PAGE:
Silent Giants: Mannheim’s Urban Art Gallery

by Katharina Guschtschin

From the corner of your eye, you spot something different. A dash of color which does not belong there. It’s not the same beige or grey or white as on any other walls in Mannheim, not just sandstone, cement or dirt. You look up and have to take a step back. Actually, you have to cross the street and then you see the giant resting his head on his hand.

It reminds of The Thinker, but in more bright colors and with sharp edges – so it makes sense that it is called ‘The modern thinker’. The mural – as these huge artworks decorating some of the bland walls in Mannheim’s Quadrate and Neckarstadt are called – was painted in 2014 by Russian artist Dmitri Aske. When we asked him to describe his work  few words, he said:

“The artwork was inspired by the famous Auguste Rodin’s sculpture. The image of a man sunk in thoughts is as relevant as now as ever since the world around us is passing through these crazy times. It seems that we need to think more about what’s going on.”

The modern thinker definitely did make us stop and wonder. The dimensionality and depth, the bright colors but also the sheer size of the artwork will have that effect on you. And the modern thinker is not by himself.

Beginning in 2013, Mannheim has invited local, national and international artists to paint these murals. Stadt.Wand.Kunst is a collaboration project by Alte Feuerwache Mannehim, GBG Mannheim Wohnungsbaugesellschaft, Montana Cans and the Kulturamt (Culture Office) Mannheim to create an Open Urban Art Gallery that now includes 23 murals. The artists are selected by a committee and usually during summer they arrive in Mannheim and paint their large-scale artworks on the buildings within weeks.

But as nothing is forever, not all murals are still displayed.

Some of the buildings were demolished and with them, the physical forms of the artwork such as the mural from local artist czolk “Fenster zum Hof” (Window to the backyard).

[Check out the mural on the artist’s instagram @czolk]

While  the mural is no longer there for us to admire in the Schanzenstraße, the motive was something that feels familiar and is easily to remember for the most of us. The artist described it as “different frames which reveal an overall picture, a mother at the window who is calling her son to dinner” and stated that he took his direct surroundings into consideration when choosing the motive, wanting to create “an identification space independent of age, gender, religion, ethnicity etc.”.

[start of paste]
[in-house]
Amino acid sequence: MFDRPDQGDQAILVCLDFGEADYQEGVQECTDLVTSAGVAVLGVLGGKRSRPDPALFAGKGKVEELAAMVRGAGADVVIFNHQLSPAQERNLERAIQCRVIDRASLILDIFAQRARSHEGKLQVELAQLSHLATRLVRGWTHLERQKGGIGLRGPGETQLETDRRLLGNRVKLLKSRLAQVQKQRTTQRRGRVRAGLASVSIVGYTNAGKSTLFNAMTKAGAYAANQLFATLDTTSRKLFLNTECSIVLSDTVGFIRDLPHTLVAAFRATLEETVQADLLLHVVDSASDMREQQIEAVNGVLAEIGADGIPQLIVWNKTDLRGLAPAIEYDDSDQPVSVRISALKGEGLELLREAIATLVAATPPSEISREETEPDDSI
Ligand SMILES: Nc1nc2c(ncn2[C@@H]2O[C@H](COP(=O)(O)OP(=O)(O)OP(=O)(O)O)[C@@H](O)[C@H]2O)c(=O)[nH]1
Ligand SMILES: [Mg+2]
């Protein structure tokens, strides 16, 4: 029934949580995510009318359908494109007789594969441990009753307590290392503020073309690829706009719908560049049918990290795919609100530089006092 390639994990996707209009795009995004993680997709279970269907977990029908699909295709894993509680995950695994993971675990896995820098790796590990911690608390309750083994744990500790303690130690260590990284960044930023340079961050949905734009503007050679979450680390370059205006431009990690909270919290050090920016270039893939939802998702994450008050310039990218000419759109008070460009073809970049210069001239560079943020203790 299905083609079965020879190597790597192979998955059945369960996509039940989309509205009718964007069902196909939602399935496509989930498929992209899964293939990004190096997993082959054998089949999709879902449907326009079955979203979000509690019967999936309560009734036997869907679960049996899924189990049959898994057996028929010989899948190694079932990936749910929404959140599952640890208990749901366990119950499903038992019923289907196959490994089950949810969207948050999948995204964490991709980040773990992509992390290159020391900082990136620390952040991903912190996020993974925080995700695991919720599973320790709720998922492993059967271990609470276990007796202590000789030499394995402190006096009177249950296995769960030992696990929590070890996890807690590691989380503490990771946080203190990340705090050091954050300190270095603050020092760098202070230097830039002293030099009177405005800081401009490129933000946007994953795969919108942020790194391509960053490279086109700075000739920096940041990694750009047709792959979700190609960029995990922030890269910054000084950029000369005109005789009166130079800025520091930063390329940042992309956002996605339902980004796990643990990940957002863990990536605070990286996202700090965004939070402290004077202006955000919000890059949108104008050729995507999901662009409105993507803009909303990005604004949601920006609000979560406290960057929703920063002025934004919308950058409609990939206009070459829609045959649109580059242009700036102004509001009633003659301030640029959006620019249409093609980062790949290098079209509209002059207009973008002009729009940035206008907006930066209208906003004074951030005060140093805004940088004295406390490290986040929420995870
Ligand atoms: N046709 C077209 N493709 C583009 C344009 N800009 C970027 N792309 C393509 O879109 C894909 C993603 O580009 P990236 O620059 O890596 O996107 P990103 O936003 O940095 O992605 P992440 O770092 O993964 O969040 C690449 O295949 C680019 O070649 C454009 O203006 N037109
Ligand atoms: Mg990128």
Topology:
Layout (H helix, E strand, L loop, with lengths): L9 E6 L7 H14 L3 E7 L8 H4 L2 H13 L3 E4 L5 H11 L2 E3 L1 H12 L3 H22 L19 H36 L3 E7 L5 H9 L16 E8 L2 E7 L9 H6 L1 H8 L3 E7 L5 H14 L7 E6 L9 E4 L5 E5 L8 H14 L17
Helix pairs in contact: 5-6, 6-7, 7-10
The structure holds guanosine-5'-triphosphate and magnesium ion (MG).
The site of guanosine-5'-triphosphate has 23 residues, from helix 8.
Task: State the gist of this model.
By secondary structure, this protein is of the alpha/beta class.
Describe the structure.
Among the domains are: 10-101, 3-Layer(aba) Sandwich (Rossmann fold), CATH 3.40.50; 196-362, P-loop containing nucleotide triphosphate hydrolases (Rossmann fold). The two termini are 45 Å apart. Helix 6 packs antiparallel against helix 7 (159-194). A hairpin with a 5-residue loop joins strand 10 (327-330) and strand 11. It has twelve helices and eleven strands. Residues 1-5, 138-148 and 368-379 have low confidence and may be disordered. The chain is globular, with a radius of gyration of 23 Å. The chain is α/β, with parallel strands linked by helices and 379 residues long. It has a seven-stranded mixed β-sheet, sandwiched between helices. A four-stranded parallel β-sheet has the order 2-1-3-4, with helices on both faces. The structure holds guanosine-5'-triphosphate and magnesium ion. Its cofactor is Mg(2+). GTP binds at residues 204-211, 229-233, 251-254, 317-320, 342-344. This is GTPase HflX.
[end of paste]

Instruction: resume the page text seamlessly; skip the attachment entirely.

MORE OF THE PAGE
Another local artist, Jens Richter, also took his surroundings truly nto account. If you travel a lot via train, you might have already seen his artwork and wondered  how a fish might fit into the train station. We asked the artist about his motive, how it interacted with the location of his mural, and he told us:

“A train station is a special place, like an in-between world. A place where you don’t settle down, but are ‘on the road’. Being on the road means not being at home, leaving your comfort zone. This can be scary but also exciting. One is like a fish in foreign waters. With my work I want to give the travelers a feeling of inner peace, the pike seems relaxed, although it swims in another world. At the same time, I want to inspire the imagination. Under the tracks and the hustle and bustle of the train station, there could be another world.”

Richter painted a fish because Mannheim is located between two rivers, but

“Mannheim is not a cute goldfish. Mannheim for me is rather a predatory fish, but a friendly one.

Especially, children seem to be enthusiastic about the mural, at least that’s how I perceived it while working on site. I’m very happy about that, because it was very important to me to convey to them that leaving your comfort zone and being „on the road“ can be something wonderful.“

Many people right now can probably relate to feeling like a fish in foreign, if not out of, waters. The Corona pandemic brings us all out of our comfort zone.

We are not used to staying at home, to not see our friends, to study online. Shops and restaurants and museums are closed, and there is not really much else to do but take a walk. Most of us by now know the riverbanks of the Rhein and Neckar by heart.

The Open Urban Art Gallery offers a change of scenery.

On the website of Stadt.Wand.Kunst, you can download a map of all the artworks across Mannheim. In non-Corona times, you can also book a guided tour of the Quadrate or the Neckarstadt murals. Some of the murals are located in the Quadrate, so make sure you wear a mask and keep your distance when exploring Mannheim’s unique Urban Art sites.

We would like to thank the artists who gave a short statement to their murals and recommend you to check out their Instagram pages: Dmitri Aske (@dmitriaske), czolk(@czolk) & Jens Richter(@jensrichter.art)

You can find more information on the project, the other artists and their Instragram handles on the website of Stadt.Wand.Kunst.